In general, the 3-gram and 5-gram need not contain any words in common in order to calculate a valid PMI, however if you wish to set $x_{1} = y_{2}$, $x_{2} = y_{3}$, etc., you may certainly do so and still calculate a mathematically well-defined result.

To obtain $p\left(\vec{x}, \vec{y}\right)$, the joint probability that both the 3-gram and the 5-gram appear simultaneously in the same sentence, we would simply count the number of sentences $n\left(\vec{x},\vec{y}\right)$ in your data set which contain both $\vec{x}$ and $\vec{y}$ together, and divide by the total number of sentences $N=5000$; i.e., $$p\left(\vec{x}, \vec{y}\right) = \frac{n\left(\vec{x},\vec{y}\right)}{N}$$ Similarly, $p\left(\vec{x}\right)$ and $p\left(\vec{y}\right)$ are defined by the number of times that $\vec{x}$ and $\vec{y}$ are observed individually in each of the 5 sentences. Thus, the PMI is defined by $$PMI\left(\vec{x},\vec{y}\right) = \log\left\{\frac{\left[\frac{n\left(\vec{x},\vec{y}\right)}{N}\right]}{\left[\frac{n\left(\vec{x}\right)}{N}\right]\left[\frac{n\left(\vec{y}\right)}{N}\right]}\right\} = \log\left[\frac{n\left(\vec{x},\vec{y}\right)N}{n\left(\vec{x}\right)n\left(\vec{y}\right)}\right]$$ which looks superficially similar to your result, with a few key differences (e.g., you forgot the include the $\log$ function, etc.). This formula is valid regardless of whether or not the 3-gram $\vec{x}$ and the 5-gram $\vec{y}$ have any words in common, and it is defined with the understanding that:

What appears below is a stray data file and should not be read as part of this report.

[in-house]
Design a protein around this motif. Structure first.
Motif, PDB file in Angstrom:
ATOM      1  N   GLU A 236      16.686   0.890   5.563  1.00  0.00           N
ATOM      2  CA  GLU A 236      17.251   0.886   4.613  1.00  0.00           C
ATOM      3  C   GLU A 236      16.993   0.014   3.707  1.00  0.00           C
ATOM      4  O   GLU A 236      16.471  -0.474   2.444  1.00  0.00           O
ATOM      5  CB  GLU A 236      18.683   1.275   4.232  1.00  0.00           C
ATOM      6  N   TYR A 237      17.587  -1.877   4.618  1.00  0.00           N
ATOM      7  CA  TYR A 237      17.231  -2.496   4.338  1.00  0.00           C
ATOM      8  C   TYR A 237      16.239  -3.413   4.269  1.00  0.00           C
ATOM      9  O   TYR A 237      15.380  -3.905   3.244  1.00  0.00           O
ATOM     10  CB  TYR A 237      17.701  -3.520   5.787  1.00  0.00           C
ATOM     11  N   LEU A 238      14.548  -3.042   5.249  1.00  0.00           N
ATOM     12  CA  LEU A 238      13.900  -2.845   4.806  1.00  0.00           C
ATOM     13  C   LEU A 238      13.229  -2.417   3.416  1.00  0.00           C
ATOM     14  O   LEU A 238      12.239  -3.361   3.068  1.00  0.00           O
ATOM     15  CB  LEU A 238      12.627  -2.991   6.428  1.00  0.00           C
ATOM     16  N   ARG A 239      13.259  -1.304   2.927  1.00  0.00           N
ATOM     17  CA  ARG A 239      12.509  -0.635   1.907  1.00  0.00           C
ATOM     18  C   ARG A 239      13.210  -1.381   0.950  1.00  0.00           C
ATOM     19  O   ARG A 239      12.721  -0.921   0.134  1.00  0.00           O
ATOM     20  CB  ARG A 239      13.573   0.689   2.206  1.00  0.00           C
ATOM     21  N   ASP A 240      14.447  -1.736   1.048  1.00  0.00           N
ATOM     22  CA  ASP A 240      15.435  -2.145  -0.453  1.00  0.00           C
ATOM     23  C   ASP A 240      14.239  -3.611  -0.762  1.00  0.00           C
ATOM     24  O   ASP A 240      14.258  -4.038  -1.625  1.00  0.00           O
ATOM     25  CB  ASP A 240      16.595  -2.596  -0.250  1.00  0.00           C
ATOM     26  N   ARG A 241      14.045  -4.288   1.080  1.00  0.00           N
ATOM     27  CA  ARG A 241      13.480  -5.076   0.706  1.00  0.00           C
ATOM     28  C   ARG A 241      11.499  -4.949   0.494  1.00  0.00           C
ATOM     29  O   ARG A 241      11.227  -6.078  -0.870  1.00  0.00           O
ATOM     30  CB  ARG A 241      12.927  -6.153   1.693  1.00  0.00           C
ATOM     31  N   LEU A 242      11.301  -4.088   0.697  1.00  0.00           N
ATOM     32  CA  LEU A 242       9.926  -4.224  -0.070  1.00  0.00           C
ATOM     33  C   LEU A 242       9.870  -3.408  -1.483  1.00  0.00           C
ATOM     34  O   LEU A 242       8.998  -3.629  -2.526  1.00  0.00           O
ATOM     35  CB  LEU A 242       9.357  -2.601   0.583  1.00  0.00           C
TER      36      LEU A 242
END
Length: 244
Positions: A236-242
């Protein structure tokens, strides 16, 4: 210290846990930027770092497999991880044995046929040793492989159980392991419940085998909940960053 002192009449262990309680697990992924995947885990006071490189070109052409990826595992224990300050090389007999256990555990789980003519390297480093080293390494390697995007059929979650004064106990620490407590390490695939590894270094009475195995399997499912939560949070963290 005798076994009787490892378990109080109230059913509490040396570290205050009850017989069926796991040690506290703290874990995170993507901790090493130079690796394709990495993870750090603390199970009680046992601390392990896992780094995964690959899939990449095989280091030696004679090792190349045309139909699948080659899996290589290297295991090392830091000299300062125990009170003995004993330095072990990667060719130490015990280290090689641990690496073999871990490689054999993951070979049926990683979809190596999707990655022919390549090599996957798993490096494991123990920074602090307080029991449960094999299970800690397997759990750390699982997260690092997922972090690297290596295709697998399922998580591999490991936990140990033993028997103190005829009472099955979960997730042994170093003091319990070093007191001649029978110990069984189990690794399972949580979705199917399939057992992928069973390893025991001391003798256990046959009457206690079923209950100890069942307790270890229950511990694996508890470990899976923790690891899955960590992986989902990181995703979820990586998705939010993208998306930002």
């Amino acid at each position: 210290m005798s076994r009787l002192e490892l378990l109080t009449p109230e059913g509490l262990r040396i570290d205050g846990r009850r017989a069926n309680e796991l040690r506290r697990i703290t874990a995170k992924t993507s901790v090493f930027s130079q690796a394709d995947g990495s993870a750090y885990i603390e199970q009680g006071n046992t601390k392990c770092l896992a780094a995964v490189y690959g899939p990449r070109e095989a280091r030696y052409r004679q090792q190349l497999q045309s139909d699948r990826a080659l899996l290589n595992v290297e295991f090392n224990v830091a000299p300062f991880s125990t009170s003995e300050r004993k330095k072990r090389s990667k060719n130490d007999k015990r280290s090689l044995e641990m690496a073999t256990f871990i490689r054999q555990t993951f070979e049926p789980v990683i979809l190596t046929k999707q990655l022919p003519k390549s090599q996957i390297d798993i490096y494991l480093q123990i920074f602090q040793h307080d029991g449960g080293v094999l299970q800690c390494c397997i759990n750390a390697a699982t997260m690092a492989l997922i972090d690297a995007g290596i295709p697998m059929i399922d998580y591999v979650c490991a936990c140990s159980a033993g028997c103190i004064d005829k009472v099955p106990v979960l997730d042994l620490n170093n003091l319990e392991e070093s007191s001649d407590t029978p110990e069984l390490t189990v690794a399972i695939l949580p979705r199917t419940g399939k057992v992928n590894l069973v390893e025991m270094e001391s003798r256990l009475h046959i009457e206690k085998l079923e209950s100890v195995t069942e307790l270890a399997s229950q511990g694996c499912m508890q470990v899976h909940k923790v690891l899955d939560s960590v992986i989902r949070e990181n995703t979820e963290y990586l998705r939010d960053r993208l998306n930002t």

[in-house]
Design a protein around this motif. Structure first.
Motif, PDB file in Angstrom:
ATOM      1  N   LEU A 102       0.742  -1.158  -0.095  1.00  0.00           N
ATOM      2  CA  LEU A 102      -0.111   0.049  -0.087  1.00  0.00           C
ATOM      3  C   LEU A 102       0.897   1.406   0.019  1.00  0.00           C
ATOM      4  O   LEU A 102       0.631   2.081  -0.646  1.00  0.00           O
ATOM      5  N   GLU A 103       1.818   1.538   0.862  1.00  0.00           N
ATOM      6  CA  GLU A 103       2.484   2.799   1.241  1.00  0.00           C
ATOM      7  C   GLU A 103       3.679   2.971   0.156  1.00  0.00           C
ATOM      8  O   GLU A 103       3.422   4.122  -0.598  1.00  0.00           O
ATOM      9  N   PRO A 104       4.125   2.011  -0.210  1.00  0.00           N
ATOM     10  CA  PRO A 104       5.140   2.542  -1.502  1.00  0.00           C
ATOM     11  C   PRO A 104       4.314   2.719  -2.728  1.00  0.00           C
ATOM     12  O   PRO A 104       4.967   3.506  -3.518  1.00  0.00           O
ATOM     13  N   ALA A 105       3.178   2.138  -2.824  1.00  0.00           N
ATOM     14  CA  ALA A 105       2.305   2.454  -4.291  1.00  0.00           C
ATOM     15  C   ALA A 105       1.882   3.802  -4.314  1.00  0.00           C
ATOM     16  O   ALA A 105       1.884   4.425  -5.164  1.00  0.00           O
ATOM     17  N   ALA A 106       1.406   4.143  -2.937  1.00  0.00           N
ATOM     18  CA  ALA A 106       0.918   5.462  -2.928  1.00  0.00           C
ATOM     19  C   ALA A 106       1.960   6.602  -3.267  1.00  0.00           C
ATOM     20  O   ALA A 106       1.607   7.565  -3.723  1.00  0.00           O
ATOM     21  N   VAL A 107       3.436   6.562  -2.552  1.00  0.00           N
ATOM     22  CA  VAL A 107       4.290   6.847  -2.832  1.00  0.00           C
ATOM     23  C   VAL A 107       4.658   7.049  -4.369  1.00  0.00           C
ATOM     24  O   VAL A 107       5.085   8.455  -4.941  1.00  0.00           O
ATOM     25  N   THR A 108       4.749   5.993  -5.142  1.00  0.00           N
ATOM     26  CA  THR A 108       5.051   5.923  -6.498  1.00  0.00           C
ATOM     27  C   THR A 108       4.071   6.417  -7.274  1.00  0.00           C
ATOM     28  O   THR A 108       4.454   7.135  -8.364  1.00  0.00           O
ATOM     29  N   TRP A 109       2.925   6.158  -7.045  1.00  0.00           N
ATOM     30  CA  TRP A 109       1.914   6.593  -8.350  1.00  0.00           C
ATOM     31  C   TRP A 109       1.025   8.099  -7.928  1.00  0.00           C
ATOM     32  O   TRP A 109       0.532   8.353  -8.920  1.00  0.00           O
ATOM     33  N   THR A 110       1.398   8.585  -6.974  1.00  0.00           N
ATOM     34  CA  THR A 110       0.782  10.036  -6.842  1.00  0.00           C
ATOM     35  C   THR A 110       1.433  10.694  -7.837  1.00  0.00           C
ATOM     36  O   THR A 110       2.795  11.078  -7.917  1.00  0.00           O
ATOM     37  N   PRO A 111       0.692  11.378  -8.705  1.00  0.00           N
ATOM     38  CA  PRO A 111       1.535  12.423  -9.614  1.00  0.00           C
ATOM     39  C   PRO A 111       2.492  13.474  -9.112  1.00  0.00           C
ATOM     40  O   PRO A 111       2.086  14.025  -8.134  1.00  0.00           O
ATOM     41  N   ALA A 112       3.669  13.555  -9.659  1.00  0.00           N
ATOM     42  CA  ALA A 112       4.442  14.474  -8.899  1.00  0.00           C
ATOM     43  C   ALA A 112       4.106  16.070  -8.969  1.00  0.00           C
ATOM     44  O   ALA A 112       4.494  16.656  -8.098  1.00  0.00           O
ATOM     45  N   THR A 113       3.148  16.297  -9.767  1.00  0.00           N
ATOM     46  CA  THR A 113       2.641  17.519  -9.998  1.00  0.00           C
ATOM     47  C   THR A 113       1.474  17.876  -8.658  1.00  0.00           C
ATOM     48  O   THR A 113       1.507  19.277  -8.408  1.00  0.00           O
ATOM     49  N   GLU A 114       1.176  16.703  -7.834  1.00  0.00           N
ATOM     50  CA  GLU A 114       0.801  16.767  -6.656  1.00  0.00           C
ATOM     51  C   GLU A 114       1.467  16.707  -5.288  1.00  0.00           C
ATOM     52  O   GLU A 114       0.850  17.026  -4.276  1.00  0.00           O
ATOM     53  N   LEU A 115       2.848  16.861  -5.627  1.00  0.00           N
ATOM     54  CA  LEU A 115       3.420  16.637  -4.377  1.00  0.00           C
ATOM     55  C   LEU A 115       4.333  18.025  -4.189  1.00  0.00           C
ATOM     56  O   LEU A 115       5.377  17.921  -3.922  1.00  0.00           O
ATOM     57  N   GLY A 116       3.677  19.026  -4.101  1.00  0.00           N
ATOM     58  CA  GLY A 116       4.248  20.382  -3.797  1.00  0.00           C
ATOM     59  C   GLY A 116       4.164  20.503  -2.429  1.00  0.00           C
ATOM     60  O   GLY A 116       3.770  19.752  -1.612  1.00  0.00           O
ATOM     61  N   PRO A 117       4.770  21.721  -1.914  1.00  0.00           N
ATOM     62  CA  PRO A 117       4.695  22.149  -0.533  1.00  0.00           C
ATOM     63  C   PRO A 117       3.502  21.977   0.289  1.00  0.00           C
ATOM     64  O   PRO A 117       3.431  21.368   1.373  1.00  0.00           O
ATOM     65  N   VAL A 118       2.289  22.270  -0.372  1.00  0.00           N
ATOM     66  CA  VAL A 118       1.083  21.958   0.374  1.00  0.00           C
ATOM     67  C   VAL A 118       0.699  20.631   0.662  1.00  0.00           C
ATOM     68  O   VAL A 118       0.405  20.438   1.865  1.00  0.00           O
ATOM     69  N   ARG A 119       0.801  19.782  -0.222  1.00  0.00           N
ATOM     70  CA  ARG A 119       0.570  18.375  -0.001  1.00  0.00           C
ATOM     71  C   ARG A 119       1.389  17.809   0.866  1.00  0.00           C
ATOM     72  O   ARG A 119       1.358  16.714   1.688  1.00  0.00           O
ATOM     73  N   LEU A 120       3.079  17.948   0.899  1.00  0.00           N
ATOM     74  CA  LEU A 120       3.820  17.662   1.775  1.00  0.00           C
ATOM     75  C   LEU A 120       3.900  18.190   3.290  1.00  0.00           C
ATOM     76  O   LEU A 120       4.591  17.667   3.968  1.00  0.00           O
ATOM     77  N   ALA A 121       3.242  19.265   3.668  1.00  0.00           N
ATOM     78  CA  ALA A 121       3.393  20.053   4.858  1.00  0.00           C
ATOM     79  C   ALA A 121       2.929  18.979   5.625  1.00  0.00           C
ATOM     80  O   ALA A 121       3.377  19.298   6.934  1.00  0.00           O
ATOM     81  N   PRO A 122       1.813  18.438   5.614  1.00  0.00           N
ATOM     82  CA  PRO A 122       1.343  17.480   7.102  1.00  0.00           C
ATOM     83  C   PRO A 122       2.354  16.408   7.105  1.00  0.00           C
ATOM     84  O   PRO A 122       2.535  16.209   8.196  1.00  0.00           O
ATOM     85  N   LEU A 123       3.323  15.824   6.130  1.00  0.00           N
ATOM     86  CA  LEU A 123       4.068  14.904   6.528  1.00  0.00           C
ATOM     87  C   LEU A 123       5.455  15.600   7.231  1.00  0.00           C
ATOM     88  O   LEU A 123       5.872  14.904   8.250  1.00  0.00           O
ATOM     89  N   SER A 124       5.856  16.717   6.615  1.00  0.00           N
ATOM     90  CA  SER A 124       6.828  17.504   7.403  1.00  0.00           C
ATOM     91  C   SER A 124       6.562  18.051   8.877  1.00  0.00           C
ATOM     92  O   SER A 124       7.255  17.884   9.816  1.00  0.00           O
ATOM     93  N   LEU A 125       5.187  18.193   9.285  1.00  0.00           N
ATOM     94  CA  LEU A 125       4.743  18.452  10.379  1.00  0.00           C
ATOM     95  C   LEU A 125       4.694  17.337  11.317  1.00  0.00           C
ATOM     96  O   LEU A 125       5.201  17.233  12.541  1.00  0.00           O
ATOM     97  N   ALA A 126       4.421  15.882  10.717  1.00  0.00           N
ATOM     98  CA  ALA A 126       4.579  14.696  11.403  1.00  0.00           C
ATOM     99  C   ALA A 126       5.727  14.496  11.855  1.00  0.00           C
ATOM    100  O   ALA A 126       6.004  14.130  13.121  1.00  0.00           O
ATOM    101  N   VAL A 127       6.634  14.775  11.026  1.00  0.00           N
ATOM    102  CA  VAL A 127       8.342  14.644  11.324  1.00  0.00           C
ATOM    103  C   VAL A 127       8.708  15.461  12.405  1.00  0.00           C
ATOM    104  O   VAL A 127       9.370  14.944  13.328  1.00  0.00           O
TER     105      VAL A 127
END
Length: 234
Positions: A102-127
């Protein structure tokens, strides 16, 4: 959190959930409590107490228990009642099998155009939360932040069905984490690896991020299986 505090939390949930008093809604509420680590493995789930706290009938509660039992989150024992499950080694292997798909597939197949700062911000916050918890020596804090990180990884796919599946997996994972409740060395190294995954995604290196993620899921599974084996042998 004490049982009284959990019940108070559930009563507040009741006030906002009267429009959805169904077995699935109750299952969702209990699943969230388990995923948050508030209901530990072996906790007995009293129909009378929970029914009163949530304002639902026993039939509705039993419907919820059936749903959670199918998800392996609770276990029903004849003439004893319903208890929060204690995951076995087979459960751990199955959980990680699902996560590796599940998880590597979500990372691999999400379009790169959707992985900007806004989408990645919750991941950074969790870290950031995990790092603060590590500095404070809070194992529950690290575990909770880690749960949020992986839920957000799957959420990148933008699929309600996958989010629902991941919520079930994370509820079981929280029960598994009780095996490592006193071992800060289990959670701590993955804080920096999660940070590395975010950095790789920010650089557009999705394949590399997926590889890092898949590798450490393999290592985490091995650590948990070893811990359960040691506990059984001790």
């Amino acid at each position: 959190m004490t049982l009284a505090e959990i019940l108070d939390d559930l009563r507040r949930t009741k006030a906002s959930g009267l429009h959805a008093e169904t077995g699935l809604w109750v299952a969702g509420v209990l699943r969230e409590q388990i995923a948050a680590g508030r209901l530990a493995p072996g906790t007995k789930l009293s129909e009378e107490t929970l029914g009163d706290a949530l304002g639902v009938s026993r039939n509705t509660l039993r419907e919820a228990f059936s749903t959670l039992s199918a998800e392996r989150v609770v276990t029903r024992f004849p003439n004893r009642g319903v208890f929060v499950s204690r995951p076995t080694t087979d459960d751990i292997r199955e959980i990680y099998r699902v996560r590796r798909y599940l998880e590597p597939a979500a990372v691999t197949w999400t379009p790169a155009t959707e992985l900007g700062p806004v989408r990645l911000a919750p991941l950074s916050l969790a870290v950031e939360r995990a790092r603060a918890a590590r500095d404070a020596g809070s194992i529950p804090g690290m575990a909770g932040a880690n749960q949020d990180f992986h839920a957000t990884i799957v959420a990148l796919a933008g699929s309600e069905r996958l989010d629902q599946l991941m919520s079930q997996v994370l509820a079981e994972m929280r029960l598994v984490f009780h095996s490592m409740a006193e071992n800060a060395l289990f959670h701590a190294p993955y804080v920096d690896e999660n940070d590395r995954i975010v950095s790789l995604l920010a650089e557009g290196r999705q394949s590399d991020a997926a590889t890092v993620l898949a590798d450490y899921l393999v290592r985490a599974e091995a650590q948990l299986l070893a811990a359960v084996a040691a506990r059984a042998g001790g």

• $N$ is the number of sentences in the data set (5000, in this case)
  • The values $n\left(\vec{x}, \vec{y}\right)$, $n\left(\vec{x}\right)$, and $n\left(\vec{y}\right)$ count the number of times that $\vec{x}$ and $\vec{y}$ appear with all words simultaneously together in the same sentence (i.e., if 2 of the words in a 5-gram appear in one sentence and 3 of the words appear in the next, it doesn't actually count as a valid 5-gram because the words aren't found all together within the same sentence)